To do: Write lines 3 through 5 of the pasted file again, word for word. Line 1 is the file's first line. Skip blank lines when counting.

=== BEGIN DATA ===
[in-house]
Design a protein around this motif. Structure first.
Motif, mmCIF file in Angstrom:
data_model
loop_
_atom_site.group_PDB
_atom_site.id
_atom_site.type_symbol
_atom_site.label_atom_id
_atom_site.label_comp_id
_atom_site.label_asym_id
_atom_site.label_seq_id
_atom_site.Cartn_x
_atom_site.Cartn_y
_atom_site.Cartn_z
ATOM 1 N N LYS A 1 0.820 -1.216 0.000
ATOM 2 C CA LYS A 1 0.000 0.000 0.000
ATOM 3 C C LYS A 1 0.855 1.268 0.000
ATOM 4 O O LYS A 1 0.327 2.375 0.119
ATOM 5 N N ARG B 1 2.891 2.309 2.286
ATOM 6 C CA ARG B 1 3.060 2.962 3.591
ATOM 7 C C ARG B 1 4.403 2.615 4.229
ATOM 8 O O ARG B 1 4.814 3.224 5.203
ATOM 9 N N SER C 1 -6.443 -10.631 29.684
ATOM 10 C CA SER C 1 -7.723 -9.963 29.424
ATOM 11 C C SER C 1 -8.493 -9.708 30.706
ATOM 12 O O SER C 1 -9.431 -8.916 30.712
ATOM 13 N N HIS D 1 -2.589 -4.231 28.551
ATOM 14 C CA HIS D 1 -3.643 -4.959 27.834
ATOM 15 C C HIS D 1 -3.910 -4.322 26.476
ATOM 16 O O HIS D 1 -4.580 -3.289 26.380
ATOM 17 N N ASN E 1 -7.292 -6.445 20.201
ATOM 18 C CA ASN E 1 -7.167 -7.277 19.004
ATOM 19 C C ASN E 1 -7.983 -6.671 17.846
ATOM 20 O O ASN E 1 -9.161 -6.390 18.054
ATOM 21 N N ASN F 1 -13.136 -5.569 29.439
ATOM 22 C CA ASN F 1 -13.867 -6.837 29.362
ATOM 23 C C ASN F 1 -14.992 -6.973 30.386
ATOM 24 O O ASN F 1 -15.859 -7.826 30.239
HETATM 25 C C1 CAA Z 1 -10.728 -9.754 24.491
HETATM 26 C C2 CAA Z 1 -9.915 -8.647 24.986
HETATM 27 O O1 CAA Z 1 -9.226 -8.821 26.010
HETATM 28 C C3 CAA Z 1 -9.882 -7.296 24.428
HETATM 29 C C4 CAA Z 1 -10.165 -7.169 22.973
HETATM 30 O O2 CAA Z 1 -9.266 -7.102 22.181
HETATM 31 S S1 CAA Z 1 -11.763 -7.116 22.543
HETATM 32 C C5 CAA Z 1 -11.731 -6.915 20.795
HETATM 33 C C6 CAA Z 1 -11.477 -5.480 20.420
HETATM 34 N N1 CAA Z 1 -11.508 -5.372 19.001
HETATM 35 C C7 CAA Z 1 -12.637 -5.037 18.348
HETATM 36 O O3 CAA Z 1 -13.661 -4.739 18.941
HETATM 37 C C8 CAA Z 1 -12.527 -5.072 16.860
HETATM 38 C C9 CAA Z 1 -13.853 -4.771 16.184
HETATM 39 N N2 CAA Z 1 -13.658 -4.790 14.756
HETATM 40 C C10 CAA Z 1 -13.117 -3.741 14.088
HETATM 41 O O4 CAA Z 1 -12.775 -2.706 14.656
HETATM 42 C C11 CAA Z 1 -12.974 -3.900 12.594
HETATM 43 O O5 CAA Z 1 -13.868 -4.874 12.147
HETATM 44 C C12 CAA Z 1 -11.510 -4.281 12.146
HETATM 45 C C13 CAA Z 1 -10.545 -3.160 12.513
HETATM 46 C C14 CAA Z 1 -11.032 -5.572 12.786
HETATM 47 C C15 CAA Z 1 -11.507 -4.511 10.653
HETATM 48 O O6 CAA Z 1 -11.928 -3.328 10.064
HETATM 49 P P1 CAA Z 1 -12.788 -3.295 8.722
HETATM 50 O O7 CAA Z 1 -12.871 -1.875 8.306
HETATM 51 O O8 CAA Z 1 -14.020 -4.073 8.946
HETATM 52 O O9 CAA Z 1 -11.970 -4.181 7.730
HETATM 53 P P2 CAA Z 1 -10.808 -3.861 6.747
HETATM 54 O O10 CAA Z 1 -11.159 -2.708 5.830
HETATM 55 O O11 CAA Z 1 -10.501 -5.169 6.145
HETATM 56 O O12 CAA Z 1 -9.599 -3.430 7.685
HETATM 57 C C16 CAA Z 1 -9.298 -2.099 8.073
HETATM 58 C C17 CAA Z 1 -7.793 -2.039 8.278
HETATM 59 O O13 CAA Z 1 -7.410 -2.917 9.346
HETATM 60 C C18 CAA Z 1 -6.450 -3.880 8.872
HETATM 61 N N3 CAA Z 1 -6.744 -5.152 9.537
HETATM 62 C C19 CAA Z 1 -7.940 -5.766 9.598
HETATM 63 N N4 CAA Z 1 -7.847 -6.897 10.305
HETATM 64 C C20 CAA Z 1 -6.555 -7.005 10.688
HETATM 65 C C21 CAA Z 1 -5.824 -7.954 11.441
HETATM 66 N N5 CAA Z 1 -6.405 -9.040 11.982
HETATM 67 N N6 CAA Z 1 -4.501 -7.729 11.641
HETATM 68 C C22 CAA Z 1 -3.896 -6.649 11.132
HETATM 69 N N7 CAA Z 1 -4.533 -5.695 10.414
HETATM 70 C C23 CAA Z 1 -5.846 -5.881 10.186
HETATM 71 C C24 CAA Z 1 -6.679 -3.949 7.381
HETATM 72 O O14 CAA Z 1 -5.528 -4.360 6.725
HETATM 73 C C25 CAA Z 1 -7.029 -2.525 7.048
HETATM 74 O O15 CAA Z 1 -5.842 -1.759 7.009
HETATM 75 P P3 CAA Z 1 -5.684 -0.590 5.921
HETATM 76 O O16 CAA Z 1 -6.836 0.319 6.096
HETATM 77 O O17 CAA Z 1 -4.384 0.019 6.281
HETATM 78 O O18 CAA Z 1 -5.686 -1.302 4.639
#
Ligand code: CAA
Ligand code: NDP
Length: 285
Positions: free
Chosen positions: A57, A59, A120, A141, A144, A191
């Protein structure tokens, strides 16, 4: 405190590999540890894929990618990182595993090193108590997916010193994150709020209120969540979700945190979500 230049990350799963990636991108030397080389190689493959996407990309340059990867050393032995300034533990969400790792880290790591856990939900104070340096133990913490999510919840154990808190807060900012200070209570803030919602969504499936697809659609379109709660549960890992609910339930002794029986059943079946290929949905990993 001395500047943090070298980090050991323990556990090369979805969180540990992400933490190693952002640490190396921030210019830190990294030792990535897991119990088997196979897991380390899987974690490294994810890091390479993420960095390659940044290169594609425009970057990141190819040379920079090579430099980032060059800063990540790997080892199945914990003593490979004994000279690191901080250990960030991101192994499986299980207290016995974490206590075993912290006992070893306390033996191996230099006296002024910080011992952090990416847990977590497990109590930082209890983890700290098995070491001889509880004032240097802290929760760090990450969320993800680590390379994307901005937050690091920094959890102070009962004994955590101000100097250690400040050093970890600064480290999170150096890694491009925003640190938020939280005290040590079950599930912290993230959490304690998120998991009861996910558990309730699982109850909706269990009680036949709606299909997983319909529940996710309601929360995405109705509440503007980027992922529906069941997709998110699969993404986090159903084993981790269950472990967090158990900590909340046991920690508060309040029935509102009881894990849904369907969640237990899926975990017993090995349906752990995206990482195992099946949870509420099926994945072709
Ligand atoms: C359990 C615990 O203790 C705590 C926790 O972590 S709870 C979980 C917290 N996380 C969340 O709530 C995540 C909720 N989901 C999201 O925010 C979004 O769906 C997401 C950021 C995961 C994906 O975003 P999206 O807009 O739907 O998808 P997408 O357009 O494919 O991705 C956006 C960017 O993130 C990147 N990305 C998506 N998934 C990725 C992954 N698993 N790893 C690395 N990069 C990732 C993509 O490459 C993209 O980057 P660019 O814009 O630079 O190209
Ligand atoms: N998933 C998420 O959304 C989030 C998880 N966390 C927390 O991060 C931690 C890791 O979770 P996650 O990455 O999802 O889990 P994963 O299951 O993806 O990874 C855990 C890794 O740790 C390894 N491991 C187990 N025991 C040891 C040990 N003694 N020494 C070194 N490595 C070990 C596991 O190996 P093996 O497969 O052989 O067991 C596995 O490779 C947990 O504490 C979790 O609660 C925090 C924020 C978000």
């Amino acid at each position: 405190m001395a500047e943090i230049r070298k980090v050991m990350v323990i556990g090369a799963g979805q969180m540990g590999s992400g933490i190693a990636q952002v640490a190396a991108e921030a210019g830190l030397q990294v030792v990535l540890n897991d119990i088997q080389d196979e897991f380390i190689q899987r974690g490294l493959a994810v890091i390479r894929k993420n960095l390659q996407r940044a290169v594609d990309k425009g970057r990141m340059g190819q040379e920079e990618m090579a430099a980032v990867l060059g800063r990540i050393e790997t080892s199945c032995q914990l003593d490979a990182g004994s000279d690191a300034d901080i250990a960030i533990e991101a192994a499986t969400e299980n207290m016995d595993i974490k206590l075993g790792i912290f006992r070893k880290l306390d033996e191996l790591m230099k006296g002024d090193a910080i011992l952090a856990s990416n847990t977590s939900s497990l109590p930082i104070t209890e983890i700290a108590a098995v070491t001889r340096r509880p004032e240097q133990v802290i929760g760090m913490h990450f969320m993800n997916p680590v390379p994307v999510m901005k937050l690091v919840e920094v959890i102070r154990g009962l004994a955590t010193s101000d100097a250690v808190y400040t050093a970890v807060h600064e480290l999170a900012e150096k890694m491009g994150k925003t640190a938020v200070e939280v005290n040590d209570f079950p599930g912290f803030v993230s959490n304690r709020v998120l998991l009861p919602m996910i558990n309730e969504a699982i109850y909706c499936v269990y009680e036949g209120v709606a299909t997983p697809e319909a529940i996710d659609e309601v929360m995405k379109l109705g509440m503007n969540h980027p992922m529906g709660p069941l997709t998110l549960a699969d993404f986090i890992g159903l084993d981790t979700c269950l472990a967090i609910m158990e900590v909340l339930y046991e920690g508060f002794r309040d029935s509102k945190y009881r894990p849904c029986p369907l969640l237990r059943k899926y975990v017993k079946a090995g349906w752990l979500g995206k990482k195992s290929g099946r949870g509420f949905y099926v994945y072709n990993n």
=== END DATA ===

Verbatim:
Motif, mmCIF file in Angstrom:
data_model
loop_